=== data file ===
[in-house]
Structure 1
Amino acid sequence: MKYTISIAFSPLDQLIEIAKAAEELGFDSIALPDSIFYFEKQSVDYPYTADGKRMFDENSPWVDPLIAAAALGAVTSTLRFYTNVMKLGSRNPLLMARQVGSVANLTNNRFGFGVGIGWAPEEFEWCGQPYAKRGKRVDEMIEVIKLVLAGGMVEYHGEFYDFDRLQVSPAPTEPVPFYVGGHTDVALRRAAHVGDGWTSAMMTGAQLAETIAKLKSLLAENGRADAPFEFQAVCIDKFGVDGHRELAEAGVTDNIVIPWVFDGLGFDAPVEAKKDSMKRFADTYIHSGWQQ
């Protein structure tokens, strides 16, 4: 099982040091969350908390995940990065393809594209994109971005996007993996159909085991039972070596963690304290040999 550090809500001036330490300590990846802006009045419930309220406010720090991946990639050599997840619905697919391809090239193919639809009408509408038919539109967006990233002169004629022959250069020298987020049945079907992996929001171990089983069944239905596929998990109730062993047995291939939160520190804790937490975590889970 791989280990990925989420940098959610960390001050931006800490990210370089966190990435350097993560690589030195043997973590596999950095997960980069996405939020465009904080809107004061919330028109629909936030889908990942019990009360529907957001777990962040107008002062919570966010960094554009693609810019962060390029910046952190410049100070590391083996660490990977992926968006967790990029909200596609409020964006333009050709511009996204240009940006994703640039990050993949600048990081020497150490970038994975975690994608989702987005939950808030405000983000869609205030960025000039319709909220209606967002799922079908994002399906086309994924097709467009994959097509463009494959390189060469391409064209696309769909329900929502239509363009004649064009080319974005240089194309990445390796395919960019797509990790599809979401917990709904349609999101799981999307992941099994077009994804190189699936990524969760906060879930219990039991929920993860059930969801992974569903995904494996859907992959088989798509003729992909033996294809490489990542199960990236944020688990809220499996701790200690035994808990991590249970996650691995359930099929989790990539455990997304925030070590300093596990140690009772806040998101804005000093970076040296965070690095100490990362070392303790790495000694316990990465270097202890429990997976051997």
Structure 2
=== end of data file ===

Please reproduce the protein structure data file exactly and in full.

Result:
[in-house]
Structure 1
Amino acid sequence: MKYTISIAFSPLDQLIEIAKAAEELGFDSIALPDSIFYFEKQSVDYPYTADGKRMFDENSPWVDPLIAAAALGAVTSTLRFYTNVMKLGSRNPLLMARQVGSVANLTNNRFGFGVGIGWAPEEFEWCGQPYAKRGKRVDEMIEVIKLVLAGGMVEYHGEFYDFDRLQVSPAPTEPVPFYVGGHTDVALRRAAHVGDGWTSAMMTGAQLAETIAKLKSLLAENGRADAPFEFQAVCIDKFGVDGHRELAEAGVTDNIVIPWVFDGLGFDAPVEAKKDSMKRFADTYIHSGWQQ
């Protein structure tokens, strides 16, 4: 099982040091969350908390995940990065393809594209994109971005996007993996159909085991039972070596963690304290040999 550090809500001036330490300590990846802006009045419930309220406010720090991946990639050599997840619905697919391809090239193919639809009408509408038919539109967006990233002169004629022959250069020298987020049945079907992996929001171990089983069944239905596929998990109730062993047995291939939160520190804790937490975590889970 791989280990990925989420940098959610960390001050931006800490990210370089966190990435350097993560690589030195043997973590596999950095997960980069996405939020465009904080809107004061919330028109629909936030889908990942019990009360529907957001777990962040107008002062919570966010960094554009693609810019962060390029910046952190410049100070590391083996660490990977992926968006967790990029909200596609409020964006333009050709511009996204240009940006994703640039990050993949600048990081020497150490970038994975975690994608989702987005939950808030405000983000869609205030960025000039319709909220209606967002799922079908994002399906086309994924097709467009994959097509463009494959390189060469391409064209696309769909329900929502239509363009004649064009080319974005240089194309990445390796395919960019797509990790599809979401917990709904349609999101799981999307992941099994077009994804190189699936990524969760906060879930219990039991929920993860059930969801992974569903995904494996859907992959088989798509003729992909033996294809490489990542199960990236944020688990809220499996701790200690035994808990991590249970996650691995359930099929989790990539455990997304925030070590300093596990140690009772806040998101804005000093970076040296965070690095100490990362070392303790790495000694316990990465270097202890429990997976051997």
Structure 2